NEW DELHI // Sopam Mare did something yesterday that few dabbawallahs have ever done - he skipped a day of work.
The dabbawallahs, the ubiquitous lunch deliverymen of Mumbai, have gone on strike to support the anti-graft activist, Anna Hazare, in his 15-day fast to force the government to pass a strong anti-corruption bill.
Mr Mare, 57, stepped out of his home as he would every day, in a white cotton, homespun shirt, pants, and the signature topi cap.
But instead of picking up lunch "tiffins", metal meal boxes, from homes and catering companies and dispatching them through an intricate network to the desks of Mumbai's professionals, he joined 5,000 other dabbawallahs in a protest march.
They gathered at the Churchgate station in south Mumbai before marching to Azad Maidan, where they chanted slogans in support of Mr Hazare, waved the Indian flag, and used traditional Indian hand cymbals to add rhythm to patriotic songs.
This is the first time in 120 years that Mumbai's dabbawallahs have stopped work to support a cause. Even during the three-day siege of the city in 2008 and the devastating floods of 2005, the dabbawallahs delivered lunches to an average of 200,000 people a day.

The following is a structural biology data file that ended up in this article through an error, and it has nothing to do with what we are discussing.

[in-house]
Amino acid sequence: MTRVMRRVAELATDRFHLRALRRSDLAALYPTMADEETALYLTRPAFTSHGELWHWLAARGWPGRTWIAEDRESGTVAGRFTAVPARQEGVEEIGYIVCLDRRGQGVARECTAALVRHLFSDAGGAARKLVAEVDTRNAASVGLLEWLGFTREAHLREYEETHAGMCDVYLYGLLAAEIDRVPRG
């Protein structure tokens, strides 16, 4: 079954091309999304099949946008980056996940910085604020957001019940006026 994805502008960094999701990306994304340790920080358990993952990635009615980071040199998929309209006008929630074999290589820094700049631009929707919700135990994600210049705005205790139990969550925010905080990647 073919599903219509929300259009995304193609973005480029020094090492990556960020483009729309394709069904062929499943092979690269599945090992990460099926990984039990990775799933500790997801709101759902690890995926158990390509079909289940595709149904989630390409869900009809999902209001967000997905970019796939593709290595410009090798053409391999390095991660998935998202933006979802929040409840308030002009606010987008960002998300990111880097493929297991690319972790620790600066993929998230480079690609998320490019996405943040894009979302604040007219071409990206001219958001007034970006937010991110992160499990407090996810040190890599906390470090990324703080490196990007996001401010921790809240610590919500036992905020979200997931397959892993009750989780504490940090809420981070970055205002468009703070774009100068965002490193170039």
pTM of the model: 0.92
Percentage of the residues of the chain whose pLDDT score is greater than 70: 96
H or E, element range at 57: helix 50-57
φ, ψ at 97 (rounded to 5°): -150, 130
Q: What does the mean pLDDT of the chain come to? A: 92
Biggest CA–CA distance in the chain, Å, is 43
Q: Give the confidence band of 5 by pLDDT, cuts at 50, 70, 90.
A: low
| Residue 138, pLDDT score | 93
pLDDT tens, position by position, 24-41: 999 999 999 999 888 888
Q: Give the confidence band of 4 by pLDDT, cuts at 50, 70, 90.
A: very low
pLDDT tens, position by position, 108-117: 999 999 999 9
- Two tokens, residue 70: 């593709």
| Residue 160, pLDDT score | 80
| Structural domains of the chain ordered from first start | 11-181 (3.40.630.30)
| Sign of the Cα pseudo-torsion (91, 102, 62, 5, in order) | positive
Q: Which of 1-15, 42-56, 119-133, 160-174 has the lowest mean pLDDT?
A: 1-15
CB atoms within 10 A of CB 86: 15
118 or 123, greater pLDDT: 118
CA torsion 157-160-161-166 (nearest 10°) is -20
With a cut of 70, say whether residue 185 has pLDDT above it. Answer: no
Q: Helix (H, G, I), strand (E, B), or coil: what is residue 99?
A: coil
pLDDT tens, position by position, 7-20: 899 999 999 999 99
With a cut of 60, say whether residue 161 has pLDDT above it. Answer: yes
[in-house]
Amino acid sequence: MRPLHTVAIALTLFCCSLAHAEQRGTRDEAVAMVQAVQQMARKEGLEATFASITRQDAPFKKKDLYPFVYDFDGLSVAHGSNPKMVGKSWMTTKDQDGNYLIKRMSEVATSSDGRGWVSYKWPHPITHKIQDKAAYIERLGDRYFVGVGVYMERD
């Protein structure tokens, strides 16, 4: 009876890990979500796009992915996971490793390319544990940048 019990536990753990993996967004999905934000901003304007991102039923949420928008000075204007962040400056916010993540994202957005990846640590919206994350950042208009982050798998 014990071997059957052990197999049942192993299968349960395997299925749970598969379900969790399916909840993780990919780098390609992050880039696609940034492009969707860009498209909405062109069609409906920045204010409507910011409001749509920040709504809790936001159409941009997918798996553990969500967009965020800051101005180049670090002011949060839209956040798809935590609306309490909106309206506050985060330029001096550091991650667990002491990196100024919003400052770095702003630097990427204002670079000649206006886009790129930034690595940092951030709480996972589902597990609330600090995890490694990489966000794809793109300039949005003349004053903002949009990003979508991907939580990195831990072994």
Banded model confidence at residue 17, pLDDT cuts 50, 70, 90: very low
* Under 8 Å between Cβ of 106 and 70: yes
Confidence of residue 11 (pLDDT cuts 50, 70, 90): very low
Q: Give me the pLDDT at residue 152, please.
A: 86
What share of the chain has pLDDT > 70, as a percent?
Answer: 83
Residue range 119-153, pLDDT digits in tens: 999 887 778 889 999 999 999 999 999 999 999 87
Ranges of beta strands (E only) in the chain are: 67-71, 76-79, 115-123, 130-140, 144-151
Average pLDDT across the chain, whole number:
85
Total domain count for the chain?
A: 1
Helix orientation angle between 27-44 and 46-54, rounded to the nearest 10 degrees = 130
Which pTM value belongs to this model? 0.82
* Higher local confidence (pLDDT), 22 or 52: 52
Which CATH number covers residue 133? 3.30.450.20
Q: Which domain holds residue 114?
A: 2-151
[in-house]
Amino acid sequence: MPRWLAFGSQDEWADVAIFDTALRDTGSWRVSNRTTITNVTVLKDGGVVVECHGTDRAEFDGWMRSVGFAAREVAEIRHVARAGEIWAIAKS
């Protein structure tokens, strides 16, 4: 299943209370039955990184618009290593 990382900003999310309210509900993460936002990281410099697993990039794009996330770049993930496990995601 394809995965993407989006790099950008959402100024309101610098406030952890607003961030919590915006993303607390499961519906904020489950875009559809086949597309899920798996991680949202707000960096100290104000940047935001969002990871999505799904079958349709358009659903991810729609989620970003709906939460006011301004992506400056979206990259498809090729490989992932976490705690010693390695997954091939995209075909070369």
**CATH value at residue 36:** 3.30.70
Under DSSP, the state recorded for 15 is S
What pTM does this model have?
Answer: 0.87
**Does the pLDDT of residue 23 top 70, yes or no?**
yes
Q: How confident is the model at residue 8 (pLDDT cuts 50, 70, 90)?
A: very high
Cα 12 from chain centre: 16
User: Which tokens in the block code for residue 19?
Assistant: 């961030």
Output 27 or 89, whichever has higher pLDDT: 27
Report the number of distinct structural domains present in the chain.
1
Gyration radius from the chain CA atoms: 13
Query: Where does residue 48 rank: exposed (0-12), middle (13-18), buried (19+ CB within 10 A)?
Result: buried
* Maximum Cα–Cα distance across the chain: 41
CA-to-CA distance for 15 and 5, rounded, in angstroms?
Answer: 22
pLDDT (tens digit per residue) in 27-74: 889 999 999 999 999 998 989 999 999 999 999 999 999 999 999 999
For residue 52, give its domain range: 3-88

"I am doing this for my son, for my country, for my neighbourhood," Mr Mare said.
"This is so everyone understands how fed up we are of corruption. We are with Anna. We are not going to step back."
Satyanam Ghule, 55, said he wanted to highlight the plight of the poor and their fight against corruption.
Mr Ghule, who has been a dabbawallah for more than two decades, spent 7,000 rupees (DH560) in bribes trying to get a ration card for his family, which would allow them access to subsidized food from the government.
"We do hard work. We get to places on time. We deliver no matter what happens," said Mr Ghule.
"This is an honest man's work, without corruption. If we can keep to such a tight schedule and deliver what we promise, why can't the country's politicians?"